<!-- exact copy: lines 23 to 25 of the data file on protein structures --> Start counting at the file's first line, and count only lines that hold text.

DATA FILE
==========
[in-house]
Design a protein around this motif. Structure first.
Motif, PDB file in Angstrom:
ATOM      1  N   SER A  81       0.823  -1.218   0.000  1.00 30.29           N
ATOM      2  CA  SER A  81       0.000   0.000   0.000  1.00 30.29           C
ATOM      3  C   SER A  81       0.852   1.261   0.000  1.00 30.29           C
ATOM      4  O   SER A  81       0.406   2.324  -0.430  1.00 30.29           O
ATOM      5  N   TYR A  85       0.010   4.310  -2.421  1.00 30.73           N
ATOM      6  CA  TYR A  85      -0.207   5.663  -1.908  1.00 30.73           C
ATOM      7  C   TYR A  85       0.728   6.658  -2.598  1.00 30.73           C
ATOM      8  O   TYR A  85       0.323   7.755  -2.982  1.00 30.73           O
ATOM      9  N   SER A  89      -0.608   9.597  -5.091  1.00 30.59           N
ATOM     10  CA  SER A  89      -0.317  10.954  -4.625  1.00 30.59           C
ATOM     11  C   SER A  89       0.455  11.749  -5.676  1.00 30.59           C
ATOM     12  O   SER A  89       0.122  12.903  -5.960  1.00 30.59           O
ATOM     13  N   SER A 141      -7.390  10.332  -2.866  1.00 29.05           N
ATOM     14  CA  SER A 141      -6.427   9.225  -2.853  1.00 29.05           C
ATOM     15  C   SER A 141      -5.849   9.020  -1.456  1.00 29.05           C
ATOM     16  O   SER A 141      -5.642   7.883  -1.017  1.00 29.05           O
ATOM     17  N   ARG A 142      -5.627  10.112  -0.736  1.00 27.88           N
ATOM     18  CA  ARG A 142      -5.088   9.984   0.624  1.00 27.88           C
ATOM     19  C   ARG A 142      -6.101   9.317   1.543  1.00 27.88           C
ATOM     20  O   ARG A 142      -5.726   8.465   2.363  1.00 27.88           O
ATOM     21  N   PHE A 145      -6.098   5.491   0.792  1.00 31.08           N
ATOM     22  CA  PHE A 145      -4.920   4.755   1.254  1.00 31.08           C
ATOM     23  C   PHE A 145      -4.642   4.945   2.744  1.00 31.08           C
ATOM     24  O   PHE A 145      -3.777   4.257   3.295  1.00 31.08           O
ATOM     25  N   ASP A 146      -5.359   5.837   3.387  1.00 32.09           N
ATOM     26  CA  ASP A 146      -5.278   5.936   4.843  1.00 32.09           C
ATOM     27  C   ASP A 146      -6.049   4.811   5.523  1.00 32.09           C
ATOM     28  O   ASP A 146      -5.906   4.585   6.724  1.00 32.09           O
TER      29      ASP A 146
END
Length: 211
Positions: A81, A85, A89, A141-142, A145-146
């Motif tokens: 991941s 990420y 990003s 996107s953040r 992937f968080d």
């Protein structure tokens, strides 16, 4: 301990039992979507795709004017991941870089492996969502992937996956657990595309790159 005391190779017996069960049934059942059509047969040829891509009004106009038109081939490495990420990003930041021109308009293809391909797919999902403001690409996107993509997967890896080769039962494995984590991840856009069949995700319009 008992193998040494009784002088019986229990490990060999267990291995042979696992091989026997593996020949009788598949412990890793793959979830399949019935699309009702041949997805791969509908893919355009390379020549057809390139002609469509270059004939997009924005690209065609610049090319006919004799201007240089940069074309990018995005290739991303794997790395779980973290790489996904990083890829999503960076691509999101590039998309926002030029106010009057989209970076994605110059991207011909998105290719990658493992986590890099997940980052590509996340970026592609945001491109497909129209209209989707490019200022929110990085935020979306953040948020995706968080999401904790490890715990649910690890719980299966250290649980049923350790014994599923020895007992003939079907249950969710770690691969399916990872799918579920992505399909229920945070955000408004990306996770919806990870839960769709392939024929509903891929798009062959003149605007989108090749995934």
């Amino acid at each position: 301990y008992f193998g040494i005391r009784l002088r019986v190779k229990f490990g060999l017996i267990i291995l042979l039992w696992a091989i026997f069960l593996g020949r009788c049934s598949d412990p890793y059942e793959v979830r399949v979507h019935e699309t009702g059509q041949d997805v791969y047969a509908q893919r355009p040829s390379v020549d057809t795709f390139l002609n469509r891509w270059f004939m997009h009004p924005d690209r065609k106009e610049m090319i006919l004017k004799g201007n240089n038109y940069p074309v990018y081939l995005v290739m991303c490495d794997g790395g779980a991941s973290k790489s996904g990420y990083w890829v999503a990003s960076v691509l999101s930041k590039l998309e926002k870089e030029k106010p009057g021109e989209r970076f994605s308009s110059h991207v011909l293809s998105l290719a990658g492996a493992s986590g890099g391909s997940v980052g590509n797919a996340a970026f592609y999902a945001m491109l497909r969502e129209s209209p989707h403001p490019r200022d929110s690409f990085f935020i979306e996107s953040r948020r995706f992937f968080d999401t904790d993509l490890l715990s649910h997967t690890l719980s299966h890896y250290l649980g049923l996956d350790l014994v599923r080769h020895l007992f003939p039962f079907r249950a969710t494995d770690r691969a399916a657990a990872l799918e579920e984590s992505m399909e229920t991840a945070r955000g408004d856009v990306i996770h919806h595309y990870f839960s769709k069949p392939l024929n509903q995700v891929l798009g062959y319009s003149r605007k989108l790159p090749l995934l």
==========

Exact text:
ATOM     20  O   ARG A 142      -5.726   8.465   2.363  1.00 27.88           O
ATOM     21  N   PHE A 145      -6.098   5.491   0.792  1.00 31.08           N
ATOM     22  CA  PHE A 145      -4.920   4.755   1.254  1.00 31.08           C